• Question 3

Look at this circuit:

 

1 cell/1 lamp

 

If we add another battery to the circuit, what do you think will happen to the bulb?

CORRECT ANSWER
it will get brighter
EDDIE SAYS
More batteries means more to 'push' the electricity around (like having TWO locomotives pulling a train), so the electricity can go faster which makes the bulb brighter.
  • Question 4

Look at this circuit:

 

 1 cell/1 lamp

 

If we add another bulb to the circuit, what do you think will happen to the first bulb?

CORRECT ANSWER
it will become less bright (dimmer)
EDDIE SAYS
Bulbs light up - they are hard for the battery to 'push' the electricity through; so when you add another bulb the electric current slows down which makes the bulbs dimmer.
  • Question 5

Here are two circuits with a switch in them; the switch is connected to a battery and a buzzer:

 

CIRCUIT A CIRCUIT B

 

 

Look carefully at the two switches. In which circuit do you predict the buzzer is switched 'ON'?

CORRECT ANSWER
Circuit B
EDDIE SAYS
To start off with it looks like a 'Spot the Difference' game! In fact there's only one difference: the switch. In Circuit A it is switched up. That usually means 'off'. In Circuit B it's switched down which usually means 'on'. So in Circuit B there should be an annoying buzzing sound coming out because that circuit is complete!
  • Question 6

This circuit does not work - why not?

 

CORRECT ANSWER
there is a gap in the circuit
EDDIE SAYS
There is clearly a gap in the circuit - as you know it has to be complete for electricity to flow. The other two explanations MIGHT be right, but in science you start with the evidence you have in front of you. There's a gap, so that's the problem.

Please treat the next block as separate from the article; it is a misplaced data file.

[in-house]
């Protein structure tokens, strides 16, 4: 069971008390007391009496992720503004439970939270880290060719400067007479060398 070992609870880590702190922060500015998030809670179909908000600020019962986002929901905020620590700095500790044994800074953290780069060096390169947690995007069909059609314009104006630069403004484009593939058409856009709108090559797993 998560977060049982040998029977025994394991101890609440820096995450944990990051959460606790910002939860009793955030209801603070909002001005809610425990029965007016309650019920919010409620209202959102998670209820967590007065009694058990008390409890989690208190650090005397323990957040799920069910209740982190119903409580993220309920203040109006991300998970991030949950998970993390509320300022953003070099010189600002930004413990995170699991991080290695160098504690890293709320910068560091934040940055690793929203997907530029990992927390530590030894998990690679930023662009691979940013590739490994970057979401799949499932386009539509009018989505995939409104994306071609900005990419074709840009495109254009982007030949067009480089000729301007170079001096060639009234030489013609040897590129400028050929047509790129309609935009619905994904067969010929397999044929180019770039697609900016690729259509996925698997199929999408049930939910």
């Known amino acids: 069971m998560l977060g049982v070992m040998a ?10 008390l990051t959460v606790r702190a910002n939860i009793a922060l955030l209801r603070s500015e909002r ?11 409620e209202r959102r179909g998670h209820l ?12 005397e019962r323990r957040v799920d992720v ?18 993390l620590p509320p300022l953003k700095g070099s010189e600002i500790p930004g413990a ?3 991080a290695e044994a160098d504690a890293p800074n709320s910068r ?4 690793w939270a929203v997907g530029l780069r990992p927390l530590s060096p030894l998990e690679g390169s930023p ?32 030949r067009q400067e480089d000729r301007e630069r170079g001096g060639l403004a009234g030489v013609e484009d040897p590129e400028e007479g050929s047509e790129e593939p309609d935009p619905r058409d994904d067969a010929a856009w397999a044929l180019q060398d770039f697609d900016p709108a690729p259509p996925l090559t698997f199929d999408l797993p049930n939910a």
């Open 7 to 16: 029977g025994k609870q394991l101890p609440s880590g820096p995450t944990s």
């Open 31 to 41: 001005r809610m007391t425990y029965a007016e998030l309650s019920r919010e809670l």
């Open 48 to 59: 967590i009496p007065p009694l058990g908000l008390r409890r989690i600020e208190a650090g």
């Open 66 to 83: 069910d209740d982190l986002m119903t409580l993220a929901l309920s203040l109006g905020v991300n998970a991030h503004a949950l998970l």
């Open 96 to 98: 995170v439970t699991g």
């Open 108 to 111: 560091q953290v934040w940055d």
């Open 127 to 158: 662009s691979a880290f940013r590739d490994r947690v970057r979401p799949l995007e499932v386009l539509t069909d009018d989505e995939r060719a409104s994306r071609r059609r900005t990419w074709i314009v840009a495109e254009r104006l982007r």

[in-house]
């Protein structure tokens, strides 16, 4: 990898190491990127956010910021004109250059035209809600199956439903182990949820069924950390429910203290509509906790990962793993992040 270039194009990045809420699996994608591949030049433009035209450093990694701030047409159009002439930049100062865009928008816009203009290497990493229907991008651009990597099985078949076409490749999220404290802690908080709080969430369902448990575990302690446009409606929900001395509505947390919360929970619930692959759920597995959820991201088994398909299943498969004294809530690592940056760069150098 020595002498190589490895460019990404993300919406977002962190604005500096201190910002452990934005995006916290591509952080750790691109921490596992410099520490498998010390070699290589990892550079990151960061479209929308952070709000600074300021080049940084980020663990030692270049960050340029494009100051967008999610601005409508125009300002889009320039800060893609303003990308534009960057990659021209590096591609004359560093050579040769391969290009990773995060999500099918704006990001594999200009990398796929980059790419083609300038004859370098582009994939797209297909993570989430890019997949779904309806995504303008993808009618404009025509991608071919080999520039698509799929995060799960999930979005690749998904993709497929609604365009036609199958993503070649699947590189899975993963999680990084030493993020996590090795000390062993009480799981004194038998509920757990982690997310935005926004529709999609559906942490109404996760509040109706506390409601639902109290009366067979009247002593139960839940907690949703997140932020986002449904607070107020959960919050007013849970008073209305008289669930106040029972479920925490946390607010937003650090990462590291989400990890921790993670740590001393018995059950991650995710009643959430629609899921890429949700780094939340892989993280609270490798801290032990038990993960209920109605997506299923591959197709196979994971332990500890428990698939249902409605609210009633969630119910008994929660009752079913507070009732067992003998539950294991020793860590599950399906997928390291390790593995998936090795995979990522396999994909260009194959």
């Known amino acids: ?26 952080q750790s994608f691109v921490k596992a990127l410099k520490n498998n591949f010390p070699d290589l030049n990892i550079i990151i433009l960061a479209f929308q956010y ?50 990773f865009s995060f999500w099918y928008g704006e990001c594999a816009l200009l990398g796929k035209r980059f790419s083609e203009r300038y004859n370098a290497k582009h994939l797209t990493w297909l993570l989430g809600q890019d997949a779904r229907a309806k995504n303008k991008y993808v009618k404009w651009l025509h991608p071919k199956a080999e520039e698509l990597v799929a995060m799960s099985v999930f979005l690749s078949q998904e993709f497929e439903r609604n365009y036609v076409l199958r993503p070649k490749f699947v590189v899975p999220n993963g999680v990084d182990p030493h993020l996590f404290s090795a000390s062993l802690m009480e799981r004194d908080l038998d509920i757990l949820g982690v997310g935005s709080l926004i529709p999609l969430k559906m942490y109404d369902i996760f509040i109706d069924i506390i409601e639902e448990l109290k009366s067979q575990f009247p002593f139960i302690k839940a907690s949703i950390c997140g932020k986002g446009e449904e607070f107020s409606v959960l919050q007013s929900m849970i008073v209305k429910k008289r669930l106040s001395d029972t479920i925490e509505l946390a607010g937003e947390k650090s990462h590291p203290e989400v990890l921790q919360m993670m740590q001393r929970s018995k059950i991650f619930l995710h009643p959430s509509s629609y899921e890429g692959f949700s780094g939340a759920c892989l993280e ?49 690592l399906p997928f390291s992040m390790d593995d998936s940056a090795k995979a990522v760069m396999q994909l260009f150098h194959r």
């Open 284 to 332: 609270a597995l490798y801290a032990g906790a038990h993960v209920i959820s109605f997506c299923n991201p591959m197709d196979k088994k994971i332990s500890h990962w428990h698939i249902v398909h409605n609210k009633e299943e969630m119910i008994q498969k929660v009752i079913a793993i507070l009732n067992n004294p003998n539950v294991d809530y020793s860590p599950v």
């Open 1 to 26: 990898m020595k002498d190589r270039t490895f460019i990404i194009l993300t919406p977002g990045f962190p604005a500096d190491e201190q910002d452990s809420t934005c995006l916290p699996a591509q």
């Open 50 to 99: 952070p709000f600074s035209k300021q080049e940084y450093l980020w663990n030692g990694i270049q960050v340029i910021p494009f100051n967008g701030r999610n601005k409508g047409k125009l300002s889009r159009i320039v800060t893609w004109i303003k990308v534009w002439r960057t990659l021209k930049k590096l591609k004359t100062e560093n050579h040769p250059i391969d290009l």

• Question 7

Look at this circuit and decide what will happen when it is connected:

 

1 cell/2 lamps in series

CORRECT ANSWER
both bulbs will light up
EDDIE SAYS
Is this circuit complete? Are there two bulbs connected to each other and to one battery? Then it will work and because the battery HAS TO push the electricity through BOTH bulbs, it will go more slowly, which means they are on but not as bright as they'd be on their own.
  • Question 8

Look at this circuit and decide what is happening:

 

CORRECT ANSWER
nothing happens
EDDIE SAYS
Is this circuit complete? This time the answer is "no" which must mean that no electric current will flow. This circuit is not working.
  • Question 9

Look at this circuit and decide what will happen in it:

 

1 cell/1 lamp/1 buzzer in series

CORRECT ANSWER
both the buzzer and the bulb come on
EDDIE SAYS
Again ask the questions: is the circuit complete? Is the bulb connected to the battery? Is the buzzer connected too? Then both of them must come on. The battery will push electricity through the buzzer (making a squeaky sound) and the bulb (which lights up dimly), so both are working.
  • Question 10

Look at this circuit and decide what will happen in it:

 

CORRECT ANSWER
it doesn't work
EDDIE SAYS
This time you have to look REALLY carefully: it seems to be a complete circuit BUT the batteries are facing each other (+ to +) which means that the circuit won't work. The batteries are trying to push electric current in opposite directions, so nothing comes on.
---- OR ----